Photography Tips

Shooting Fireworks

It does not look like it, but this is a firework picture. Hand held, slow shutter speed with zoom out. Lumix GH1 ISO400 1/4s with 14-45 mm f/3.5-5.6 @ 16mm f/3.5

It does not look like it, but this is a firework picture. Hand held, slow shutter speed with zoom out. Lumix GH1 ISO400 1/4s with 14-45 mm f/3.5-5.6 @ 16mm f/3.5

Here are the 10 most asked question for shooting fireworks, and I am answering to all of them!
By Franc Peret

During my Essential Photography course, which duration is only 25 hours, I cannot cover every aspect of photography in detail.

Light and Colors
However, anytime, I am having specific question from a student, I do take the time to explain the in and out of any special use of the camera.

Nikon D750 = Manual Mode = ISO400 1/3s -0.3 EV with 35 mm f/1.4 @ f/5.6
Panasonic GM5 = Manual Mode = ISO200 0.6 s + 25 mm f/1.4 @ f/2.5

One of the topic that often come to the discussion is firework. And it is easy to understand its attraction to photography students.

3 Good reasons to give it a try
First, for a person dedicated to light and colors, a firework show is just magnificent to watch.
Second, This is happening at night, when most of the time people do not take their camera out and this is a very special experience to try.
Third, this subject seems very challenging to shoot as the illumination, which is hard to anticipate, does not last long.
Overall, there is plenty of reasons to give it a try for a photographer, but how to make it a successful experience?
Here are the most often asked question, answered with my tips and the way I am dealing with this subject.

Panasonic GM5 = Manual Mode = ISO200 01/4s +0.3EV + 25 mm f/1.4 @ f/1.6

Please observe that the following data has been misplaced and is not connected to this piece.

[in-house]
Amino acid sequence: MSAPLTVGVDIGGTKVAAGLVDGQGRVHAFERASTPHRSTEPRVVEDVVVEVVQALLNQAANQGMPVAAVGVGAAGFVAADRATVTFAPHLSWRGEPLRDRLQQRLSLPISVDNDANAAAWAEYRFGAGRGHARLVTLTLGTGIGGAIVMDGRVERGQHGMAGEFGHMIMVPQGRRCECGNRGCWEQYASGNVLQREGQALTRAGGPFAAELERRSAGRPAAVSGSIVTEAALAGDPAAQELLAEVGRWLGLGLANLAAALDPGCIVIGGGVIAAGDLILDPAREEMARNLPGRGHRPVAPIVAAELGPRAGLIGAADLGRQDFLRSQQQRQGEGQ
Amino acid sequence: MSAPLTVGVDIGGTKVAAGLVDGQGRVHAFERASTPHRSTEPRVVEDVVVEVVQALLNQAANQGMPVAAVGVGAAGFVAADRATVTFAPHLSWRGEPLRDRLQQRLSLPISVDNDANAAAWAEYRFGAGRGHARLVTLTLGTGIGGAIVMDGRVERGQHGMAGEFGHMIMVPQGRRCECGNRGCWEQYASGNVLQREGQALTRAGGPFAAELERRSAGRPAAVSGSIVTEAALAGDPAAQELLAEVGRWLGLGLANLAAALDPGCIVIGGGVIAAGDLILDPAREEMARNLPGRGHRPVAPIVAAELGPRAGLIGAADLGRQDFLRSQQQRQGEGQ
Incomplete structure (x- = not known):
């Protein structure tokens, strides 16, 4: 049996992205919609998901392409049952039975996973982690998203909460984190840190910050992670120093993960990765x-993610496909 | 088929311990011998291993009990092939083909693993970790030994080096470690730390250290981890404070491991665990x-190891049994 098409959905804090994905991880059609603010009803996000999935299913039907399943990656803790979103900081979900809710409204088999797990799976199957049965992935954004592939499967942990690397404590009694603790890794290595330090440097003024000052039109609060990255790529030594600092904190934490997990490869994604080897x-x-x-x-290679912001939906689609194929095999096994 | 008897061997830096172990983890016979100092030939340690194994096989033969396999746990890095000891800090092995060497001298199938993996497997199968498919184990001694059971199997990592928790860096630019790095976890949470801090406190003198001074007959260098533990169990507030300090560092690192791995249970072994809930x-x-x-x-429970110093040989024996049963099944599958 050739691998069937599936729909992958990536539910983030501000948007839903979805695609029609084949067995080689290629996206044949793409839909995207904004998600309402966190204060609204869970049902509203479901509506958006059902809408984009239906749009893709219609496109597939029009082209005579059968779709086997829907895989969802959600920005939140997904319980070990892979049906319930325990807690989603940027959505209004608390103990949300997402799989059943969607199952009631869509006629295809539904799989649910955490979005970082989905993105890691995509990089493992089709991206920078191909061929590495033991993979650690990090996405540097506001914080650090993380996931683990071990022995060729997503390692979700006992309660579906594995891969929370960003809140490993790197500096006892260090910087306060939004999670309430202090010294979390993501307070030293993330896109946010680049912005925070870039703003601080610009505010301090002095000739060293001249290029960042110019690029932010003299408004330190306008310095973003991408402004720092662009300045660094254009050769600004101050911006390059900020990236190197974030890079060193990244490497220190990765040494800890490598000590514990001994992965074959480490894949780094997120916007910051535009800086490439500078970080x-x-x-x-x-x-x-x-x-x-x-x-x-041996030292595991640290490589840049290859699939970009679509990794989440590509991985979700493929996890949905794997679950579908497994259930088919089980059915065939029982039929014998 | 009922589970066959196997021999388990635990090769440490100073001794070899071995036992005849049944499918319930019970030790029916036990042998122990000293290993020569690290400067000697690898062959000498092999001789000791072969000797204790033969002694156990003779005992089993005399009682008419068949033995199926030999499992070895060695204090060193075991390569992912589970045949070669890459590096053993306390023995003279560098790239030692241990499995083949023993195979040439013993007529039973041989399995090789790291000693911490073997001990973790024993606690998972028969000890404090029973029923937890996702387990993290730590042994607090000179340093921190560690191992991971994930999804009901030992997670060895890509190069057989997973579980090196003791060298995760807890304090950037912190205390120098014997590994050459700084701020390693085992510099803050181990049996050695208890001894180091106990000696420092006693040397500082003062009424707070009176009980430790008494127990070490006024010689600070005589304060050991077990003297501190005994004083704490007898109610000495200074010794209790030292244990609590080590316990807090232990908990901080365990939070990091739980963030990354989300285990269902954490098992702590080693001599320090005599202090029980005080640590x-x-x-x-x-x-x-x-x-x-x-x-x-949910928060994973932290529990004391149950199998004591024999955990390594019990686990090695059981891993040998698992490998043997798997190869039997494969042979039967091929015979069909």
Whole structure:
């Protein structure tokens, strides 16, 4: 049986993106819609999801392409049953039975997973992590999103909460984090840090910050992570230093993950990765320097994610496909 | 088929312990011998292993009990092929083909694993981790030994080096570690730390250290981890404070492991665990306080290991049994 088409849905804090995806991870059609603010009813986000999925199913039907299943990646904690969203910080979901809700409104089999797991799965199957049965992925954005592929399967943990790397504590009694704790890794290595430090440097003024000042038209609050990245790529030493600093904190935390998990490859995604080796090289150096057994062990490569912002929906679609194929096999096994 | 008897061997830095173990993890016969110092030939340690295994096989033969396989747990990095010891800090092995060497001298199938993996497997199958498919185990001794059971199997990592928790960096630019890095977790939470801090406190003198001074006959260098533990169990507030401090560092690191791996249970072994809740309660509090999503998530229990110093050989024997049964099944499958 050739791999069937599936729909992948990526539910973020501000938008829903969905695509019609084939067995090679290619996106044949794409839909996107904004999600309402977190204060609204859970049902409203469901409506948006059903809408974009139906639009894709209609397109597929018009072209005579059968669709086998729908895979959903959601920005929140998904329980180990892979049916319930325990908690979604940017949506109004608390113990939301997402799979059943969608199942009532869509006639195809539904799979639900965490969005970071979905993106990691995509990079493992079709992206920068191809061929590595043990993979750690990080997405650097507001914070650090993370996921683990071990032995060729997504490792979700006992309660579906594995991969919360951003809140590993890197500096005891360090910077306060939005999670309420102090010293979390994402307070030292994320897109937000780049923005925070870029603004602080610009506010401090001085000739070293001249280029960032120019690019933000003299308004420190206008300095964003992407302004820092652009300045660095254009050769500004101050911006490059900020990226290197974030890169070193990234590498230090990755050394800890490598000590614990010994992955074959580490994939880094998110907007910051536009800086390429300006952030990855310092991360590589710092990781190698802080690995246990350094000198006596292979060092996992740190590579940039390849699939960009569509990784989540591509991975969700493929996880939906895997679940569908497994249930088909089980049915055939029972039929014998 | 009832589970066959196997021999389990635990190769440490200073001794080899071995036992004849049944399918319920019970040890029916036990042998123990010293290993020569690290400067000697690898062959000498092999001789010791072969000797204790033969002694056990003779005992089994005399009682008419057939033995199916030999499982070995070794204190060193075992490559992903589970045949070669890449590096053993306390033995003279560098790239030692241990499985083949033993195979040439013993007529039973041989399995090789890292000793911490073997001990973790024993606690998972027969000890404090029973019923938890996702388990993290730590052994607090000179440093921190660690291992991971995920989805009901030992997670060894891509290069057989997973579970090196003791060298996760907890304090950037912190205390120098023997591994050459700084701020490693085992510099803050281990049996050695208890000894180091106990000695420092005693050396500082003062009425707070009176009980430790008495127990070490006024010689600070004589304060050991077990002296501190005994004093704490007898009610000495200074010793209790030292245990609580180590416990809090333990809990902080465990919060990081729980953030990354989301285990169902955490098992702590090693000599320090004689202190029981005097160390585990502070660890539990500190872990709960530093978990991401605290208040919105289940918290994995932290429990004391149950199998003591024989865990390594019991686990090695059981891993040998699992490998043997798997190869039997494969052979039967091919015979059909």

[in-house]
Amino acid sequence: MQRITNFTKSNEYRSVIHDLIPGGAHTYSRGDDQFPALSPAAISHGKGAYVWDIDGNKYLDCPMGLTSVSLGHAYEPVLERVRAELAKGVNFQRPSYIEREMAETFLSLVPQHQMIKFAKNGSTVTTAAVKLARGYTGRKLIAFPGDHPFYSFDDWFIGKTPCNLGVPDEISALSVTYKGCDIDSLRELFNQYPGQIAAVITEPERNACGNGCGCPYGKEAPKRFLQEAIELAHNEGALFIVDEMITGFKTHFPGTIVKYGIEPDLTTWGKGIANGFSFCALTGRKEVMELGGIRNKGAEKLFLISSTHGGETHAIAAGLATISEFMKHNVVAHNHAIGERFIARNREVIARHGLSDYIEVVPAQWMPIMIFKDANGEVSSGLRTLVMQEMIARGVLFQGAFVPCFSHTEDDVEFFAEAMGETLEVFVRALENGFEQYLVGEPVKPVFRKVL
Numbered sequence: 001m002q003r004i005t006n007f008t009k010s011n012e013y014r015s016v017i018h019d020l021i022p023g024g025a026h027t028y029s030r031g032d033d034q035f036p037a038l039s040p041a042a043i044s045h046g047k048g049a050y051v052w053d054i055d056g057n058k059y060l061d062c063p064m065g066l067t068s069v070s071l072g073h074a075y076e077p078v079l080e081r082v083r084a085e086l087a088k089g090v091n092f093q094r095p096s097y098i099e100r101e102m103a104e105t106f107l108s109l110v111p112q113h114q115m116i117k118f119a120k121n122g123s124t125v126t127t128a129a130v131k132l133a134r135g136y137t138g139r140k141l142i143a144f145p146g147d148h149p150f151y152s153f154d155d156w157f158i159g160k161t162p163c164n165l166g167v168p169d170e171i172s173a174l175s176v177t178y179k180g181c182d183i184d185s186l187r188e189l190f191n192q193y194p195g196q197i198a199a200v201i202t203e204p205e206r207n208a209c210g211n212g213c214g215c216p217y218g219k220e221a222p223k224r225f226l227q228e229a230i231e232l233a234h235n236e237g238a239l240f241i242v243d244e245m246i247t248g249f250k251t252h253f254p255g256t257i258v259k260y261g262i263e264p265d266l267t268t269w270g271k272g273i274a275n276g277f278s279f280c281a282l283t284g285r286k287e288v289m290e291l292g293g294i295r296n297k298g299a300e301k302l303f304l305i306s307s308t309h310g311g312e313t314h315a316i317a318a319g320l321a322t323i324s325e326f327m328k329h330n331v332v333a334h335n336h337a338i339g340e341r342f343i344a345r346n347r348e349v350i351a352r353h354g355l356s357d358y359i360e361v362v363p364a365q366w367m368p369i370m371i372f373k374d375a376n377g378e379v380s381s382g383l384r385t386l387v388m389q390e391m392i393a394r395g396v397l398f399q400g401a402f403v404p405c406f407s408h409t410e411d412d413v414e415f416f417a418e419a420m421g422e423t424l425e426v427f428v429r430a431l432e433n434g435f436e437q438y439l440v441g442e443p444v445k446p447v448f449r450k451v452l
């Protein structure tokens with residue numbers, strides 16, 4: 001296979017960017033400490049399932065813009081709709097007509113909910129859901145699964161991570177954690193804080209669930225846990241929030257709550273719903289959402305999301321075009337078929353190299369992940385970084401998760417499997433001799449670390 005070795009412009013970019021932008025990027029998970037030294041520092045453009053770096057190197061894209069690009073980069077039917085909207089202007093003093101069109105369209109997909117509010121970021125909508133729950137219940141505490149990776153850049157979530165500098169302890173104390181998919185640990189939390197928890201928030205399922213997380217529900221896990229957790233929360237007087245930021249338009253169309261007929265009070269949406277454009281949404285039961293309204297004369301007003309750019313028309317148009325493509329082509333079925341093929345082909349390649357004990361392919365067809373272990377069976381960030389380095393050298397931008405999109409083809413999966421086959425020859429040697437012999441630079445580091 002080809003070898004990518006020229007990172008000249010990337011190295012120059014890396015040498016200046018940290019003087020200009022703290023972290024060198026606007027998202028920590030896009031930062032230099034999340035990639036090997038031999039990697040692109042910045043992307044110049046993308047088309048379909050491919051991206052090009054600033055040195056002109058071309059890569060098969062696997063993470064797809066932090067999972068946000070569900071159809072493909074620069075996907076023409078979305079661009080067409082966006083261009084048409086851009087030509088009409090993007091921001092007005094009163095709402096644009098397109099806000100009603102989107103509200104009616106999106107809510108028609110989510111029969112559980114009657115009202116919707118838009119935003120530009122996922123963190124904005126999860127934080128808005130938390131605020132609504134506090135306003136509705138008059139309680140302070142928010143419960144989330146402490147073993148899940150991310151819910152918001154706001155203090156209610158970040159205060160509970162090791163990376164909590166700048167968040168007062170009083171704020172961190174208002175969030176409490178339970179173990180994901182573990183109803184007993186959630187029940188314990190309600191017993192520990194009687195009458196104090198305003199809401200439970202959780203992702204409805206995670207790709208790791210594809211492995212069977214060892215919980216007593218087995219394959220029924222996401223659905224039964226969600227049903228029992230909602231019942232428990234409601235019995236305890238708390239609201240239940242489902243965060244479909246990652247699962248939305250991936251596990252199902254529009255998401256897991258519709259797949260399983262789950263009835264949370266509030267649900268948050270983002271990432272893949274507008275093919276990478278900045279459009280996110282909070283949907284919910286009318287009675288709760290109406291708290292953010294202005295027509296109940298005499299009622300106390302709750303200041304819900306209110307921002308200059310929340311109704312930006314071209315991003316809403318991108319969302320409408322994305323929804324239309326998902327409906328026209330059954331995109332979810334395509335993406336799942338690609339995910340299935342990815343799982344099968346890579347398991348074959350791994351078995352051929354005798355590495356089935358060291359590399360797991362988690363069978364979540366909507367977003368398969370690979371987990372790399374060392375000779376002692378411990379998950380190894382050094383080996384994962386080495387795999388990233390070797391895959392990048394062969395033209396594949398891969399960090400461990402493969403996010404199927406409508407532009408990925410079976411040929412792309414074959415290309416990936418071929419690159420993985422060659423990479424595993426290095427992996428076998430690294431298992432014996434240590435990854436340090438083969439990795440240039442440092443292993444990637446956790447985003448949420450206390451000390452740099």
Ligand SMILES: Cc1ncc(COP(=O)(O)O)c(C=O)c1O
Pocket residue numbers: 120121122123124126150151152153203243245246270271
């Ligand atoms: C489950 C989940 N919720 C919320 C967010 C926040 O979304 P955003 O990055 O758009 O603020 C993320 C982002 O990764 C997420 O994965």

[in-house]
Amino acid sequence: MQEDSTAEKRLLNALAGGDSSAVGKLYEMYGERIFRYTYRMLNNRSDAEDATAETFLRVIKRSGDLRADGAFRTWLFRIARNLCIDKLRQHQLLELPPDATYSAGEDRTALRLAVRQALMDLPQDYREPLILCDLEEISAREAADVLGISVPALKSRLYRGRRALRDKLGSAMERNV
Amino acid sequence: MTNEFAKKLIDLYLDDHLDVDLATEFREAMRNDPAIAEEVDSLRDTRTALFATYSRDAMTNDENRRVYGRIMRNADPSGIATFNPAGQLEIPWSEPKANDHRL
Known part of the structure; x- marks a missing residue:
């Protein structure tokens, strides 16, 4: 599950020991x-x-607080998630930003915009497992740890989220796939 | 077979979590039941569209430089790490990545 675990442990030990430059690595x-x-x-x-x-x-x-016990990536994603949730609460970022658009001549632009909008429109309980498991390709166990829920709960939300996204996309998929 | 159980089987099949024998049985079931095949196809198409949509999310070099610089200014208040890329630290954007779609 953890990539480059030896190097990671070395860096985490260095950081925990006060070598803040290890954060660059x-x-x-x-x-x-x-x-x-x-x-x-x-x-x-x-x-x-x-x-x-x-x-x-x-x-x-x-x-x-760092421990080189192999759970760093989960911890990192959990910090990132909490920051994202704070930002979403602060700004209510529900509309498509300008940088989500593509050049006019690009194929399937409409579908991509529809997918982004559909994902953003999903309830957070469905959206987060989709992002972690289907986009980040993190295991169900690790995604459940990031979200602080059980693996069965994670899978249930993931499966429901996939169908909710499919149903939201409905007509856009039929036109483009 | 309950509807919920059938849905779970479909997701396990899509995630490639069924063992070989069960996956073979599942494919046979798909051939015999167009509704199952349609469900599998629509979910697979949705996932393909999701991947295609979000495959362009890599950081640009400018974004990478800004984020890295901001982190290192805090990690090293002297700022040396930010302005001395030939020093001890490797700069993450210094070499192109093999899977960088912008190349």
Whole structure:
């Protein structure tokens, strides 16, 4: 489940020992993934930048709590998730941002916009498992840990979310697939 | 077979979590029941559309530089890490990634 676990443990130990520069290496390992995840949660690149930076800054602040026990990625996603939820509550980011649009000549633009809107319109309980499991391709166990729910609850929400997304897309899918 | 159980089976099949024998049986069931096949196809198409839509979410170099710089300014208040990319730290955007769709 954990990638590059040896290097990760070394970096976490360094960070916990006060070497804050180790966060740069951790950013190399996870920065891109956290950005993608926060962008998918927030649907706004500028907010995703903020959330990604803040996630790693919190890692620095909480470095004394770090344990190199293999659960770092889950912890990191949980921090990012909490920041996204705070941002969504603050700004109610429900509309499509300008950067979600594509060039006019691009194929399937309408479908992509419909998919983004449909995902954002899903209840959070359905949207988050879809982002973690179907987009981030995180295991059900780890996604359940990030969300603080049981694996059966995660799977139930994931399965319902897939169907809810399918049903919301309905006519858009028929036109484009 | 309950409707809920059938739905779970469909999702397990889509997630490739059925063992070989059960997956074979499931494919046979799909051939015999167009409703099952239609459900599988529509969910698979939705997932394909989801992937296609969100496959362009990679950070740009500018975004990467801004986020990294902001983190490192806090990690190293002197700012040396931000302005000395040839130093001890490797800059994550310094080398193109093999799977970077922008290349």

Panasonic GM5 = Manual Mode = ISO200 0.8 s – 0.3EV + 25 mm f/1.4 @ f/9

1 – Do I need a tripod?
Yes and no. Tripod can be useful if you are shooting the firework AND the environment (such as a enlighten city landscape). Then, it is important to keep the camera steady as you want to get the background sharp as well.
However, if the main source of light of the location is the firework itself, you can shoot handheld, even with a long pose, as the explosion behave like a flash and the environment is going to be light up only a very short fraction of second and not during your complete shutter time.

2 – Do I need to shoot in manual mode?
If you get a bright background, It is possible to shoot in semi-auto mode (Aperture priority) with some exposure compensation to force the image to get darker(such as -2 or so), however I personally use manual mode, playing around the Aperture and the shutter speed to grab all the color of the firework and to create some special effect with long pause.

Panasonic GM5 = Manual Mode = ISO200 0.6s + 25 mm f/1.4 @ f/7.1
Panasonic GM5 = Manual Mode = ISO200 1.3s + 25 mm f/1.4 @ f/9

3 – Do I need a fast lens?
You do not need a lens with a big Aperture (such as f/1.8 or so) as you are shooting a very bright source of light and by using a wide Aperture, you will take the risk to overexpose the image and therefore, you will get no colors to see. Most of the time, my lens is set to f/4 or f/8 which is a good news as any average zoom will get that Aperture.

4 – Do I need a fast Shutter speed?